FRANKFURT — Italy’s biggest bank reported a huge loss on Tuesday, foreshadowing the possibility that many financial institutions across Europe could be forced to acknowledge the full extent of their own problems under increased regulatory scrutiny.
The unexpectedly large fourth-quarter loss of $21 billion posted by the Italian bank UniCredit, which is based in Milan, came hours after the European Central Bank disclosed details of its plan to dig deeper into the books of banks operating across Europe.
The timing of UniCredit’s announcement appeared to be coincidental, but it highlighted the vulnerabilities still lurking within the balance sheets of many institutions more than five years after the financial crisis led to a recession from which Europe and its banks have still not fully emerged.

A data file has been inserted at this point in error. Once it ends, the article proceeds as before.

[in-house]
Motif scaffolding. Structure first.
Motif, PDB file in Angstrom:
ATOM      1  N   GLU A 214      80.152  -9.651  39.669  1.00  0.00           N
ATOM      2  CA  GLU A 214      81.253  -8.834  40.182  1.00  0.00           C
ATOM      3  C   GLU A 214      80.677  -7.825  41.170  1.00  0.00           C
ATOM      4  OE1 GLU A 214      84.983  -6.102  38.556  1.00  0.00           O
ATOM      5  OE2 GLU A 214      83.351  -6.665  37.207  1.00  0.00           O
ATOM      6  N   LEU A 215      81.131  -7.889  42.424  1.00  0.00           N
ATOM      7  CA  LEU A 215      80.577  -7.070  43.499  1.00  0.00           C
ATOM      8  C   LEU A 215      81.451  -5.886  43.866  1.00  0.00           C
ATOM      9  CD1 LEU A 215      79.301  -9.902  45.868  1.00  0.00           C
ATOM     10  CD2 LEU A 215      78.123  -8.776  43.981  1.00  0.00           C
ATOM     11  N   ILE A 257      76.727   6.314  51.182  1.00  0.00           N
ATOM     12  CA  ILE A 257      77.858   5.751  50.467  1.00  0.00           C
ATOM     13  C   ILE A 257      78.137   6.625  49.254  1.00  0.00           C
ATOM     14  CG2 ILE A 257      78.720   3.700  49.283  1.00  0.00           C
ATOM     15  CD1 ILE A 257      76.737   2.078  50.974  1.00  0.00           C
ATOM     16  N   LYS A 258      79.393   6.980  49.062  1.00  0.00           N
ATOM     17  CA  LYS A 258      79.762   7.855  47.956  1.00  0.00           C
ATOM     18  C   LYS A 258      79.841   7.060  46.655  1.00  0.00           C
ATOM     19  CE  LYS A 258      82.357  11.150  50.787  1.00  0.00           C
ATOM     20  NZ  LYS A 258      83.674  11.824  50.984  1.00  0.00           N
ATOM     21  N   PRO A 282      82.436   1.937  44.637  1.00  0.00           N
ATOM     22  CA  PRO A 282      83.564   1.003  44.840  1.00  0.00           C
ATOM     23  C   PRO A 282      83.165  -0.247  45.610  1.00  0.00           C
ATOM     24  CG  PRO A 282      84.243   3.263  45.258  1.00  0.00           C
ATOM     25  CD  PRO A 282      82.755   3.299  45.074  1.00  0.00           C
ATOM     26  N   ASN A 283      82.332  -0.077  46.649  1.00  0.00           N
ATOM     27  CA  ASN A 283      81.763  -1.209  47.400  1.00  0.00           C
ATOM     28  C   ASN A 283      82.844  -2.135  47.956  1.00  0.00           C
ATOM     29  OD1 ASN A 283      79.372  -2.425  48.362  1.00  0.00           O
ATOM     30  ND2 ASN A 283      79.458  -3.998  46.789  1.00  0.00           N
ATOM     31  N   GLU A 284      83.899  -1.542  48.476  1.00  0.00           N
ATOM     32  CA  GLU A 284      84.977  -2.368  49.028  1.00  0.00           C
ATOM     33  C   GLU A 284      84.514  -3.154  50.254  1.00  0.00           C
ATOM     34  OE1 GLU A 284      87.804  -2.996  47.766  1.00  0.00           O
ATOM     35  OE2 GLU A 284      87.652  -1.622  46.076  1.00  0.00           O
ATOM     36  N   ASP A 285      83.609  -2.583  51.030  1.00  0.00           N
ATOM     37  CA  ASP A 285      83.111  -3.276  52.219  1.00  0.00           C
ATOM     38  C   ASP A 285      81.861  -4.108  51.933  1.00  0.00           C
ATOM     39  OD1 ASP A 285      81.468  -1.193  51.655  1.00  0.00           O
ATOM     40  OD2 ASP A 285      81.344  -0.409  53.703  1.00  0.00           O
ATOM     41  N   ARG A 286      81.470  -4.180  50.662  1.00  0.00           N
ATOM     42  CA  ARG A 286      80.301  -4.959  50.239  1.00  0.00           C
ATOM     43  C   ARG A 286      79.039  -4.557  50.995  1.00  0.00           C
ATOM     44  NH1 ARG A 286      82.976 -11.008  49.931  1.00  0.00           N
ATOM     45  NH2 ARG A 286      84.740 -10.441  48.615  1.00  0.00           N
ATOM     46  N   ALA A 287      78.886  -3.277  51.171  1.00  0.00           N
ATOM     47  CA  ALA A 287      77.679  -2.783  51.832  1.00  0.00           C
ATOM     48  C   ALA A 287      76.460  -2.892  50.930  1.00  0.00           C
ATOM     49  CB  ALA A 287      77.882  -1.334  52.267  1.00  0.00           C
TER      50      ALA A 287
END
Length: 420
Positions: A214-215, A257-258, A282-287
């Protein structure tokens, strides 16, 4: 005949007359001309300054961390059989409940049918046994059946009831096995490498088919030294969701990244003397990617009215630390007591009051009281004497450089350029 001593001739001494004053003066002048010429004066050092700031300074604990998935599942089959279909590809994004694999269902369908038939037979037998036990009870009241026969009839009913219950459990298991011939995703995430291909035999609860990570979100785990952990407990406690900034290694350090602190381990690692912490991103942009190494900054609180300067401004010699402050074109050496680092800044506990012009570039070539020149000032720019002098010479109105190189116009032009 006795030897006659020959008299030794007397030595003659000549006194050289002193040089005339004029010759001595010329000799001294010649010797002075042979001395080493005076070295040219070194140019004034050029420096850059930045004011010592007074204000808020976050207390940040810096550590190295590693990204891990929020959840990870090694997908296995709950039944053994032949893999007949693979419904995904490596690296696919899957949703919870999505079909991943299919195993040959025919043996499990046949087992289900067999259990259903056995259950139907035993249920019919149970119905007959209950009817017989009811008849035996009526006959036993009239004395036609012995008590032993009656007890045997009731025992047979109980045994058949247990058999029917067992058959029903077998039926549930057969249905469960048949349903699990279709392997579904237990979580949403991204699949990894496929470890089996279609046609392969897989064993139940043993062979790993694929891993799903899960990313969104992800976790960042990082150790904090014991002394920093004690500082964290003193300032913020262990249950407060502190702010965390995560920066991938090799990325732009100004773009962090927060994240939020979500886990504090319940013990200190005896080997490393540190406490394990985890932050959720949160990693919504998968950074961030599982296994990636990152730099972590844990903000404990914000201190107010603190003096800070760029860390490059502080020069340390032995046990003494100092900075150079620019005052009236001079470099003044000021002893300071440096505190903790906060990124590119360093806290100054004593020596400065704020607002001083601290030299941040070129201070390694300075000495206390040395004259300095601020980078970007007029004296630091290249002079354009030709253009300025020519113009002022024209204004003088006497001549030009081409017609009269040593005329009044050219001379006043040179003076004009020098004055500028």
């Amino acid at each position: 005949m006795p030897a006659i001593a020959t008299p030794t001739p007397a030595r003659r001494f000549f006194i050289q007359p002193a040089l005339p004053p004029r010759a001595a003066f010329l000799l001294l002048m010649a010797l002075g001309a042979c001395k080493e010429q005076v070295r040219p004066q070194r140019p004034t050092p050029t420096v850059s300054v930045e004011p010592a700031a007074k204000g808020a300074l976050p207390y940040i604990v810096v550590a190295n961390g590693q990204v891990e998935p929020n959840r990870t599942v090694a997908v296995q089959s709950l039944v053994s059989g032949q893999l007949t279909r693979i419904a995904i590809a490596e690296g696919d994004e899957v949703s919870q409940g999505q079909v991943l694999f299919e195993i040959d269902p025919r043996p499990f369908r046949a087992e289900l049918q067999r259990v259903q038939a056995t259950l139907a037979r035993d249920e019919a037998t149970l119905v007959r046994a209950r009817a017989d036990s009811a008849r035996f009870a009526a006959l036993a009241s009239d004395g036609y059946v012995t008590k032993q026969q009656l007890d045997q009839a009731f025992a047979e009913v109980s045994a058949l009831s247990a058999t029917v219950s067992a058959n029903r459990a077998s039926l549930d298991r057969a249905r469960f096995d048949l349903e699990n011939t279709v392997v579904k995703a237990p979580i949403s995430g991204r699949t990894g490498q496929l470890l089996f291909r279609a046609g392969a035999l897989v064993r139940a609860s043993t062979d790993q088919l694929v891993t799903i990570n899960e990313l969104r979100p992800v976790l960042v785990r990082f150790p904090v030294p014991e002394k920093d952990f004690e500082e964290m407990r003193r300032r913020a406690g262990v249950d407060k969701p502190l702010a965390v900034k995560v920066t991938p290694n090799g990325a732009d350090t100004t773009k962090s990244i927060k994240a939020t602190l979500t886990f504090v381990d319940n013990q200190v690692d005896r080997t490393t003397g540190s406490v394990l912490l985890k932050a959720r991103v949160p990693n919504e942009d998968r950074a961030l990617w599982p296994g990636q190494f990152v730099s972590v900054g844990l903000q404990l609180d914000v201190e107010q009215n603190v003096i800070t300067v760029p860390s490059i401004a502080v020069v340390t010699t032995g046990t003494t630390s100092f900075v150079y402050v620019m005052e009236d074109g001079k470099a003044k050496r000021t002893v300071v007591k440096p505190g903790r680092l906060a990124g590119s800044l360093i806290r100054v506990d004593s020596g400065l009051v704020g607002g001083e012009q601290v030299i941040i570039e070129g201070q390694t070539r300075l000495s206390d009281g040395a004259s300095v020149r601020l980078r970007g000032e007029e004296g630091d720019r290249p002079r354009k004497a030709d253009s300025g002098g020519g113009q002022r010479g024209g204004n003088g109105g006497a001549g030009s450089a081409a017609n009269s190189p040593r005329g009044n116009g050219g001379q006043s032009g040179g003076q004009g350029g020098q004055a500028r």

The ECB, newly empowered to oversee eurozone banks, plans to finish its review of institutions under its jurisdiction by October. Analysts say they expect more banks to soon write down the value of their bad loans and other troubled assets.
Mario Draghi, the central bank’s president, has warned that some banks may be declared insolvent and forced out of business. Italy’s banking industry in particular is thought to have many potentially problem cases, as that politically unsettled country continues to labor with chronically slow growth and entrenched special interests that have impeded efforts to overhaul the economy.